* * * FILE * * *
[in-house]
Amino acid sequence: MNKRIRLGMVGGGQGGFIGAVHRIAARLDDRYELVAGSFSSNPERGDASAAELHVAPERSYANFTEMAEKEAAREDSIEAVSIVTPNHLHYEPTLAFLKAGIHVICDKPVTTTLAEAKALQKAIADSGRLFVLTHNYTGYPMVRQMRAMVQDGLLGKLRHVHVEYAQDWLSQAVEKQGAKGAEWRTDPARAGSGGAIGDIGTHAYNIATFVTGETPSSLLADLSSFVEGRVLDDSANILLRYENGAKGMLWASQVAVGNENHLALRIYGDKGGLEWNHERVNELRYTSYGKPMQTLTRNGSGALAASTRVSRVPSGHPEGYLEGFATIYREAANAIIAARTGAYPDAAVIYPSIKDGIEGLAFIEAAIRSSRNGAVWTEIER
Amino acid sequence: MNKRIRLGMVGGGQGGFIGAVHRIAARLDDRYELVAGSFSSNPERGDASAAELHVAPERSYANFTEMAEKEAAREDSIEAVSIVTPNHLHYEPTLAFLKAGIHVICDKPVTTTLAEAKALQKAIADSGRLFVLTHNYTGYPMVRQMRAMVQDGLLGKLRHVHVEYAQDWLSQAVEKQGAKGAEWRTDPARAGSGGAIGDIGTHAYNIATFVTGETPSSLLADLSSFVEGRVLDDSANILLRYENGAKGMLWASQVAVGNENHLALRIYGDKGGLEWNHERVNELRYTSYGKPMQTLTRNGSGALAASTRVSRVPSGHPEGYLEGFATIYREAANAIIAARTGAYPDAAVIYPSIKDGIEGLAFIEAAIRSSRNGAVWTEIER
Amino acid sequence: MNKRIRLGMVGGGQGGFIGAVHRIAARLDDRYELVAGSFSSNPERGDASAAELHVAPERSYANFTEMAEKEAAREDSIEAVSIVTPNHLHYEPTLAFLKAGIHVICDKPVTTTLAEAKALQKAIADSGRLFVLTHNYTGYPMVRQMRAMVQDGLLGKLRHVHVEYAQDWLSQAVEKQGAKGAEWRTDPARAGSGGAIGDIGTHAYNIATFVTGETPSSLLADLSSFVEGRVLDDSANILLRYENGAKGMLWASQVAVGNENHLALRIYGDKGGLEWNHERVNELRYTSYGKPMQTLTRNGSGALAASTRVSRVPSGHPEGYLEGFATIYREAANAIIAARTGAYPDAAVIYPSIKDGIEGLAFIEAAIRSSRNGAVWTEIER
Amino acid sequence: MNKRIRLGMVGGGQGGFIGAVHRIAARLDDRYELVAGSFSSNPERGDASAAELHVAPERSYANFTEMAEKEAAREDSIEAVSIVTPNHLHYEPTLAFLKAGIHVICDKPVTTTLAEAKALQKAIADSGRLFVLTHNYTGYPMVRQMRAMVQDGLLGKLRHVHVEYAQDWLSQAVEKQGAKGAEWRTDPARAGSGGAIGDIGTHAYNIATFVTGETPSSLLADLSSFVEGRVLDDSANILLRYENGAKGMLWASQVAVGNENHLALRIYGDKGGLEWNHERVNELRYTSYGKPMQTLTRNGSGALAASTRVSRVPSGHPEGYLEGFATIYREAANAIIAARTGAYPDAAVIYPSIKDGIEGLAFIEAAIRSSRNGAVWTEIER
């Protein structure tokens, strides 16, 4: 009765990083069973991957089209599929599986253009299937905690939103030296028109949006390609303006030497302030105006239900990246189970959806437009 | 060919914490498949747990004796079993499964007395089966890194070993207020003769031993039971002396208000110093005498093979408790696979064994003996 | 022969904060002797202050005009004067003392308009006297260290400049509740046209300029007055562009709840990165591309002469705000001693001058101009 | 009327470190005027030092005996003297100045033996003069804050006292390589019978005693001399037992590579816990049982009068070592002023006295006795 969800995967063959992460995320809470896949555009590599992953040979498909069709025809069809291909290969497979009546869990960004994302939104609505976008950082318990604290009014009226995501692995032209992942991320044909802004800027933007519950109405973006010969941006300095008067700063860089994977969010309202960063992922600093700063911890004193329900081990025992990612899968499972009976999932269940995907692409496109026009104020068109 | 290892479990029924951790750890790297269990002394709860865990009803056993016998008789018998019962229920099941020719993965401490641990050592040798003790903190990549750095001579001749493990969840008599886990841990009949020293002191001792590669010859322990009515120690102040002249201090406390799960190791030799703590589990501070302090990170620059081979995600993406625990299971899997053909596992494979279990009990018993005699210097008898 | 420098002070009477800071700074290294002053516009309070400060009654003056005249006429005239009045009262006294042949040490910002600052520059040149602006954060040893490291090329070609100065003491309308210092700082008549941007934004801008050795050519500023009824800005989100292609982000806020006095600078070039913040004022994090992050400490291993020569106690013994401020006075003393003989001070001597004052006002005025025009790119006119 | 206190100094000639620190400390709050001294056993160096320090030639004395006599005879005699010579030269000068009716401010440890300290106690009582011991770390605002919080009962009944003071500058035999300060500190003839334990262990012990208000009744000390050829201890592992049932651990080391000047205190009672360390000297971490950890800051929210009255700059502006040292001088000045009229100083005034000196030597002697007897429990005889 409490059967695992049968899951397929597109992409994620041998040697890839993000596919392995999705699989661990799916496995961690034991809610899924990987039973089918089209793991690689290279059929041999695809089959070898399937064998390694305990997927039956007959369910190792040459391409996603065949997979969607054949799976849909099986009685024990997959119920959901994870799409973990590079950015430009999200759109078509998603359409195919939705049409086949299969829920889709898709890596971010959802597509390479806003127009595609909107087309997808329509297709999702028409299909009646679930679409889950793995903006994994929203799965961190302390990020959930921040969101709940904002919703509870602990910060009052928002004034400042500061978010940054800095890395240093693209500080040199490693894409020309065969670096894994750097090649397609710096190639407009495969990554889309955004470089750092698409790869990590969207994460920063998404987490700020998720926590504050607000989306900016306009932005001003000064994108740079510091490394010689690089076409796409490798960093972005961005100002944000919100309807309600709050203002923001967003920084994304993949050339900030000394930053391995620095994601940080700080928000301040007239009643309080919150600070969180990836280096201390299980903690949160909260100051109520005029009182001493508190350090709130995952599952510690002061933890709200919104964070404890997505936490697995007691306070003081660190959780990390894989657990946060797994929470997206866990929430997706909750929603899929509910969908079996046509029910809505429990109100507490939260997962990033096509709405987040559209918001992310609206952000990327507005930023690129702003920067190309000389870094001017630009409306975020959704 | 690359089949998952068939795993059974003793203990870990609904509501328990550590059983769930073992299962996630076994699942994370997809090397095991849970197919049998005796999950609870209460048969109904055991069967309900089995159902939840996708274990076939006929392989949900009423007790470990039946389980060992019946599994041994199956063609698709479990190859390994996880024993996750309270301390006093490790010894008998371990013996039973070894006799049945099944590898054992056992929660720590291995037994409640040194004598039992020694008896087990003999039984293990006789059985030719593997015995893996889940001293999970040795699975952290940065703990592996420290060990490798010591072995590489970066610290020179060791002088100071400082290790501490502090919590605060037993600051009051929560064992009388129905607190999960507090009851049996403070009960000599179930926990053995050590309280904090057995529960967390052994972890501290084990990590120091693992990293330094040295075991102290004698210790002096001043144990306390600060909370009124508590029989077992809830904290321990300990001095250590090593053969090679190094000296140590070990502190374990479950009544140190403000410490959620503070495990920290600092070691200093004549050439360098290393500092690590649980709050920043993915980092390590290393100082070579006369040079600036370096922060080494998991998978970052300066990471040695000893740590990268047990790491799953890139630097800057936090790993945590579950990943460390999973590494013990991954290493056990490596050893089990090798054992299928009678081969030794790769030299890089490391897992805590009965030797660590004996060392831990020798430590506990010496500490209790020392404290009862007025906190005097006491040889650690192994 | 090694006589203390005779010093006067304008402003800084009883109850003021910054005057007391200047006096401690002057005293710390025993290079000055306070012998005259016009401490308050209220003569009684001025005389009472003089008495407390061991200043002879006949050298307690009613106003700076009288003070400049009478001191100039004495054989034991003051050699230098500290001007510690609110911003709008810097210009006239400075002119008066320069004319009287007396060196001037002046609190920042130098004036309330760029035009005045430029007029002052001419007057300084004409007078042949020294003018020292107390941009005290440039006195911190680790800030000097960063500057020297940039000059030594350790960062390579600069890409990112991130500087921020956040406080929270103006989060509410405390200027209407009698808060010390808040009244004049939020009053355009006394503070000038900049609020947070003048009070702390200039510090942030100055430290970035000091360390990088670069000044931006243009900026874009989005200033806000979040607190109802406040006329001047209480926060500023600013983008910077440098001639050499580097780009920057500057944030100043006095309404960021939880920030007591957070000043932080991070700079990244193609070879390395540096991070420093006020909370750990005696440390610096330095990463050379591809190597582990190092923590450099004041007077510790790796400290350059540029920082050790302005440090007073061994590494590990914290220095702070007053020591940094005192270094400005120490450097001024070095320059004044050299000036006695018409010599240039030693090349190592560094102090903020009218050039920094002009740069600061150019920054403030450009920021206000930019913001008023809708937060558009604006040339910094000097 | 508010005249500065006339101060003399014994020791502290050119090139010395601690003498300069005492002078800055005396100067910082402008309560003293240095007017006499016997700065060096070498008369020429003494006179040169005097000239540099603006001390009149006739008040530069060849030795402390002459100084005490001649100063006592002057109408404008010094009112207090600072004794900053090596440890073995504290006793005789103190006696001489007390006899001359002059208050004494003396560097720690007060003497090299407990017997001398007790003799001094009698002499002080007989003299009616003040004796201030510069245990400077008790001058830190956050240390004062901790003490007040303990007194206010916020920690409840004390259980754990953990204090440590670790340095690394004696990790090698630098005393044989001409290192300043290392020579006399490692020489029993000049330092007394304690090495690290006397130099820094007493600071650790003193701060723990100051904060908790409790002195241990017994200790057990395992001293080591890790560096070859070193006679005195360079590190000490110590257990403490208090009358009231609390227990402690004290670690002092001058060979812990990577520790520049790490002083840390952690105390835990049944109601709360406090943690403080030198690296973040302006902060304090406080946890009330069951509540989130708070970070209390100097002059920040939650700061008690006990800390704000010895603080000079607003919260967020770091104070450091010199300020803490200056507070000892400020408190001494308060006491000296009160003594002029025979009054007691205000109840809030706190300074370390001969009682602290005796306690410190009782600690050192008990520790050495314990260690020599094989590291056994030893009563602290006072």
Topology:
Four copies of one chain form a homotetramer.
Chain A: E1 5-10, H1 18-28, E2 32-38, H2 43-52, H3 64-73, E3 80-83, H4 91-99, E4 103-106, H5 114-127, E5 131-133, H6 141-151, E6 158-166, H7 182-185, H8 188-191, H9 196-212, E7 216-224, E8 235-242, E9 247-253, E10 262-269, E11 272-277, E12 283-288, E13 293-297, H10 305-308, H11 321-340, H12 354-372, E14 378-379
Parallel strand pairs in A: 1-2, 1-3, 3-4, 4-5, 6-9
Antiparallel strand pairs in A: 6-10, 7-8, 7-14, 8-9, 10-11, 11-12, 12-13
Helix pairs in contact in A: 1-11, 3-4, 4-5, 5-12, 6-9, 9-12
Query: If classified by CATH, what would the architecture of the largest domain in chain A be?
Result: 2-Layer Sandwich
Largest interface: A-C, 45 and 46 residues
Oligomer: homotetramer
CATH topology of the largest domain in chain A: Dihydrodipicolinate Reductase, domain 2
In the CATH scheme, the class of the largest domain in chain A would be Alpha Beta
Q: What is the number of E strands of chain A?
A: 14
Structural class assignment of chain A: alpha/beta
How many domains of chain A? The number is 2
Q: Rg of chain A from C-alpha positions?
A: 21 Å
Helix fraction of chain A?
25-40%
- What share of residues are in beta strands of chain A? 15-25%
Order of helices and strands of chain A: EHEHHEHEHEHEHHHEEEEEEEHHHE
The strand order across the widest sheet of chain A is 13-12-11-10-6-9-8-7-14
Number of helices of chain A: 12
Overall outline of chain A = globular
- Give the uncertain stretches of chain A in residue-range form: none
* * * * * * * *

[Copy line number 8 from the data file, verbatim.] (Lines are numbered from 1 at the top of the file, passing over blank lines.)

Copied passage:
Four copies of one chain form a homotetramer.